The main point of the article you’re now reading is this: No matter which school of automotive styling you attend, there is always common ground, even if it’s just the blacktop you’re rolling on. While we may not always like some builds or even whole styles, there’s a reason why so many other people love it. In the end, tradition is subjective, dependent of many varying factors. Perhaps some of the more overlooked of these factors is time and place, which is ironic considering the topic of discussion.
Allow us to explain using an example that is near and dear: In the early to mid-60’s, almost every major automotive publication all but stopped covering custom cars. Wild show cars were still being documented from time to time, but mild customs might as well have vanished from existence. Some of us know that this is not the case.
The mild custom scene flourished on the boulevards of Southern California, eventually giving birth to Lowriders as we know them today. From 1964 to 1974, these low, crazy painted, wild wheeled rides scraped their way down and around the greater Los Angeles region on Bellflower Blvd, Van Nuys Blvd, Whittier Blvd, Laurel Canyon Blvd and many other streets across So Cal.
Despite these areas being within a 60 mile radius of each other, certain trends could be particularly regional. Talk to a few guys today who are now in their 60’s; one from Van Nuys, one from Long Beach, and one from Whittier and they could all describe different styles that were more or less unique to their respective cruising grounds. Add to that many years in between then and now and you have a prime example of subjective tradition. We find proof of this theory in the relatively recent surfacing of photo collections of people like Howard Gribble.
Howard was one of the only people properly documenting these mild customs at the time.
When perusing his pictures it’s easy to see that the area he documented (primarily car shows in the South Bay area of So Cal) and the relatively short period of time that he covered these cars (1966 to 1976) illustrate just how wildly trends and styles varied and how quickly they came and went.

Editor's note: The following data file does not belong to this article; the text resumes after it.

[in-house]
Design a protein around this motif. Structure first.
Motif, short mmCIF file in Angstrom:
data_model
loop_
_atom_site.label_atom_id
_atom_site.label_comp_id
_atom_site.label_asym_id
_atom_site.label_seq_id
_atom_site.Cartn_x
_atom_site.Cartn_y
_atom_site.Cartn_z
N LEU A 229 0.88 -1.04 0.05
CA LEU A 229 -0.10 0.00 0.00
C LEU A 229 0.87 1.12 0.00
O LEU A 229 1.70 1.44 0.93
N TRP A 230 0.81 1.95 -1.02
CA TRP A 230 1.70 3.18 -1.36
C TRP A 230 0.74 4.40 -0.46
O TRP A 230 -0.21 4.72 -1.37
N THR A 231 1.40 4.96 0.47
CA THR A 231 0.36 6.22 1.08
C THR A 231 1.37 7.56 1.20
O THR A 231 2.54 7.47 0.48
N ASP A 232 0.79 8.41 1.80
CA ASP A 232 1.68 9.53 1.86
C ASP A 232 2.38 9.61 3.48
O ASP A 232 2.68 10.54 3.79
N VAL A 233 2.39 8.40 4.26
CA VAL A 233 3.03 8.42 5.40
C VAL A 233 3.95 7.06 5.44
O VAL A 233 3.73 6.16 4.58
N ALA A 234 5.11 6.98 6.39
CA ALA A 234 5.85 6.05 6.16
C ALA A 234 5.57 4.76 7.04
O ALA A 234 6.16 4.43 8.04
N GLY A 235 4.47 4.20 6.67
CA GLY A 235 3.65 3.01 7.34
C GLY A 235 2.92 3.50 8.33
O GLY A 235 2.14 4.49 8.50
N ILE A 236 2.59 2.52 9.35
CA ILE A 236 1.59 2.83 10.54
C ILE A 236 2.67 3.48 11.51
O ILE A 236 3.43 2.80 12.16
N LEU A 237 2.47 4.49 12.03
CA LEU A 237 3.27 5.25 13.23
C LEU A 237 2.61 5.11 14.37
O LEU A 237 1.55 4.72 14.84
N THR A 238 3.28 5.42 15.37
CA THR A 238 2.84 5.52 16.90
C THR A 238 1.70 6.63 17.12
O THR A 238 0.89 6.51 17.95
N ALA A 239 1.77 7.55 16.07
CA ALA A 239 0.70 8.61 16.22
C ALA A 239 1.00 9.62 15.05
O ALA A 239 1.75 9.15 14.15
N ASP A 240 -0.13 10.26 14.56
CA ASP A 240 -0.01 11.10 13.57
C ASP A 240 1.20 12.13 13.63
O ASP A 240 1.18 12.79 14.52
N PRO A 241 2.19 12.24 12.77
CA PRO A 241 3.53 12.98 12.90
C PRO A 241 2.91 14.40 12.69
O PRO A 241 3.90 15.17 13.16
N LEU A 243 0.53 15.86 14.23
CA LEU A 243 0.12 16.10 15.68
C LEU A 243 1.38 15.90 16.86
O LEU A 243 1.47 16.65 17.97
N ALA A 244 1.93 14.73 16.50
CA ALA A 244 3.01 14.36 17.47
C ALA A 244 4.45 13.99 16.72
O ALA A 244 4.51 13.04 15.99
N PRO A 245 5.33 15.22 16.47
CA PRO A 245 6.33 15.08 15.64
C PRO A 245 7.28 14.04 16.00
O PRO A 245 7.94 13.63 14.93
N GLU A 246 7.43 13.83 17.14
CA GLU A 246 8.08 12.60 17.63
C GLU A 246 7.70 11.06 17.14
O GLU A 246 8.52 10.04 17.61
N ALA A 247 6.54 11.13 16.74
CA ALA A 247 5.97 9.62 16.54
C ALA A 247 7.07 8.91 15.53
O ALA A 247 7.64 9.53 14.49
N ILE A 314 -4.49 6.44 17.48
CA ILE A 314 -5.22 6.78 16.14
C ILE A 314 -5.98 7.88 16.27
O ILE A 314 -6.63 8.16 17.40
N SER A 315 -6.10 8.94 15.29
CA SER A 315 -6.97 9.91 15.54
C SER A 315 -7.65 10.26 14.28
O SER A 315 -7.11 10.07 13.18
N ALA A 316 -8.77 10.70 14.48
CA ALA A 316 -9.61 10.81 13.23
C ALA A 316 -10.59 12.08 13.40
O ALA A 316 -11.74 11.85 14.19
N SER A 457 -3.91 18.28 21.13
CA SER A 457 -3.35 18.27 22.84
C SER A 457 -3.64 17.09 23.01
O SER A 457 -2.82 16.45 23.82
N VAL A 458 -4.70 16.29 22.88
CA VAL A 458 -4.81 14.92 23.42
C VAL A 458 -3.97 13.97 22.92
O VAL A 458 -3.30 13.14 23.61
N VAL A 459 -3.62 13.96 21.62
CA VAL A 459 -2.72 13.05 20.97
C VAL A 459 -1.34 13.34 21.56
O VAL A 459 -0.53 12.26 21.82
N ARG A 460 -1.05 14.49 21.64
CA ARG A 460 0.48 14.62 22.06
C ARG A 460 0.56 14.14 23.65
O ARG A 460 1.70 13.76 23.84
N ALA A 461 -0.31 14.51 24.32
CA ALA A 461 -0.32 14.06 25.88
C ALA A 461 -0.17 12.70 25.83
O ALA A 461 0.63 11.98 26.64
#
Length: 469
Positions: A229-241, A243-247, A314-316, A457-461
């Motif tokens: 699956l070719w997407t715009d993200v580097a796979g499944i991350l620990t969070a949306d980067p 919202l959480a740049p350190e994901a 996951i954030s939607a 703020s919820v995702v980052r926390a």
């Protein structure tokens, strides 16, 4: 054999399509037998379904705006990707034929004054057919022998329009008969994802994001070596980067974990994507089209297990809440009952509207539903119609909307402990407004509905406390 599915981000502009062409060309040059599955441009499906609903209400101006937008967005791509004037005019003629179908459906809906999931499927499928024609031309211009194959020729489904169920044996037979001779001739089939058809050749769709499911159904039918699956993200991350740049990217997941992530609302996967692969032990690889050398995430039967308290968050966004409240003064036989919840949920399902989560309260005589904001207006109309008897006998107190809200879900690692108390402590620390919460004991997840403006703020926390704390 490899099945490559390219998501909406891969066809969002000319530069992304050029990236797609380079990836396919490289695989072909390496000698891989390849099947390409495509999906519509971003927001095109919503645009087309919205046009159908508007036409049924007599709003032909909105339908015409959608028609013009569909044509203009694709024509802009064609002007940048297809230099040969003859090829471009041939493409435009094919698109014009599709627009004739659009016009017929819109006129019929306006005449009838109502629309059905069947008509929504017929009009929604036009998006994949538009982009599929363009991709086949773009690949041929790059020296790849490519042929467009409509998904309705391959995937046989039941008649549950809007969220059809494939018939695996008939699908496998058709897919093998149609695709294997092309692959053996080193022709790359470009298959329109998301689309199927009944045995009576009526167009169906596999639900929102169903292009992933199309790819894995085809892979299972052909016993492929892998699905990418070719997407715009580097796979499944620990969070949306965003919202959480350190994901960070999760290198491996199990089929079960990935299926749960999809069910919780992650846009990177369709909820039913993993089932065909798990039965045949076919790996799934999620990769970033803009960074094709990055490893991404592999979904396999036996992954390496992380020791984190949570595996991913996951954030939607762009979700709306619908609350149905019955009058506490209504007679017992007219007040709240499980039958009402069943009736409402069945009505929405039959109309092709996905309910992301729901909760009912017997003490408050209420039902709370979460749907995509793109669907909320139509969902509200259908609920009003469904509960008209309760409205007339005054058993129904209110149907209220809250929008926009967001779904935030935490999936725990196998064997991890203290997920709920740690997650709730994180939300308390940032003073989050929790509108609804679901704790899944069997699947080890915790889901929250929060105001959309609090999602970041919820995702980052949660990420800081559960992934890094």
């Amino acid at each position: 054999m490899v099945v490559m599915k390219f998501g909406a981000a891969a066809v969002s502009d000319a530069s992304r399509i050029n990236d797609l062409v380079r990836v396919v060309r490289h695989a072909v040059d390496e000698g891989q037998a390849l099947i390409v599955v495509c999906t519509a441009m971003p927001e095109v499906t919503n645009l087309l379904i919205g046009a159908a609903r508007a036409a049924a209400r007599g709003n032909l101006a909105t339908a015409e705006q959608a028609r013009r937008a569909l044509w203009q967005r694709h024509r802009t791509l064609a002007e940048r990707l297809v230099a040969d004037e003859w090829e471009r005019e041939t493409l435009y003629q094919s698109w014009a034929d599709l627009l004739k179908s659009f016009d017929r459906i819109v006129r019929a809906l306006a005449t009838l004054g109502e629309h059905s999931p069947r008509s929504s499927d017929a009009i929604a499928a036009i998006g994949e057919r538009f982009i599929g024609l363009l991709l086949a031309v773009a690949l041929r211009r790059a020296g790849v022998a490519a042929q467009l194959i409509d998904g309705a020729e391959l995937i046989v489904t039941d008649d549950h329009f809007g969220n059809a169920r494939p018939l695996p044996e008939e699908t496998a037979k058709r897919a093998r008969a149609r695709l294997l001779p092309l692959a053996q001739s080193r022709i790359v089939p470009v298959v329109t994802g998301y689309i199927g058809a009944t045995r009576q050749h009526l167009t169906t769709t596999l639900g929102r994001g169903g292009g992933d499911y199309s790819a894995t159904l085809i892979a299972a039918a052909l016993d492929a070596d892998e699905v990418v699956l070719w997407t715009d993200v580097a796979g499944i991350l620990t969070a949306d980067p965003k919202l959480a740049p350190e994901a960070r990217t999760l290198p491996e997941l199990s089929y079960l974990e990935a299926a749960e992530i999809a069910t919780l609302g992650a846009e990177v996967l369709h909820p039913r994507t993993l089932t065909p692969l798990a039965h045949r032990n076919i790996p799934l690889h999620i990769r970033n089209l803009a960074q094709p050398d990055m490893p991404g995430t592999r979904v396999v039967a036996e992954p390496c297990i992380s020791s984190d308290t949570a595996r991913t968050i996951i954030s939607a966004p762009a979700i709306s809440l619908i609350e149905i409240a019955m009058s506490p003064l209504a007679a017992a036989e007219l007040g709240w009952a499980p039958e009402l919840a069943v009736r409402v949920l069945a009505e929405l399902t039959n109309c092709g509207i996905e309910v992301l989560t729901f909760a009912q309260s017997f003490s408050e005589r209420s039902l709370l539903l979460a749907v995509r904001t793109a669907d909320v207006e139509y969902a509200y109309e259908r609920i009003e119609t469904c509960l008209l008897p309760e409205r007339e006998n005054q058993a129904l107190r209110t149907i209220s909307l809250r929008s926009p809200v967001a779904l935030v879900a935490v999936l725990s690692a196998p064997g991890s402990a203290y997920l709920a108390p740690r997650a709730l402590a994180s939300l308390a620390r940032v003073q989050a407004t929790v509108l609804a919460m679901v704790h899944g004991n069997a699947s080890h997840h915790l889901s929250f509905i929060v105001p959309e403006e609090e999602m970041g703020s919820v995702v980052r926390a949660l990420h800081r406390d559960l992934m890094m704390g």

Before Howard decided to scan his collection and share them on the internet, there was very little visual reference about this time in Southern California. When his photos started making the digital rounds, it was like a revelation. It was as if a 40 year media blackout had finally been lifted on a style that was so well loved and remembered by a dedicated few.
He then unearthed and shared his now famous 8mm footage of Alan Duke’s ’64 Impala (pictured below). When I showed the video to my Dad, he was near tears at seeing what for him might as well have been a window back in time. A time long forgotten or ignored by a majority of automotive enthusiasts and unknown to the rest.
From Author: I used to think tradition was something that was handed down and could not be changed. But after many long hours of debate and discussion with good friends Eryk Frias, Harry Kapsalis, Mark Kawano, Matt Clute and others, I’ve come to the conclusion that this is not the case.
Tradition is subjective, the interpretation that happens when it is handed down is in itself change. Whether looking at old photos or listening to an old timer’s stories, something happens during “translation.” Not loss of information, but perhaps more of a re-imagining due to an individual’s unique tastes and perspective.
I hate the argument that “nothing is new” as this implies that we are simply continuing to re-hash old ideas. I feel that this is a cop-out, because while we may draw heavily from tradition, our subjective views on what constitutes this tradition make it something new and unique, even if not entirely so.
Special thanks go out to Howard Gribble, Brooke Guerrero, Mark Kawano, Yudai Okuda and Eryk Frias for their help with this article and the talks on “tradition” and its meaning and to Takuya Odachan Oda, Toshi Shimizu & Local Hero, Junichi Shimodaira & Paradise Road, Strongers Kar Klub and my Dad and everyone for their ongoing support.
(Editor’s Note: This story was written and compiled by Bob Helfrich, member of Los Boulevardos. Special thanks goes out to Bob-O for putting together yet another great history piece and working with a great team to provide some deep insight. Stay tuned as Bob-O continues to delve into the past, present, and future of hot rodding and customs, right here on Rod Authority!)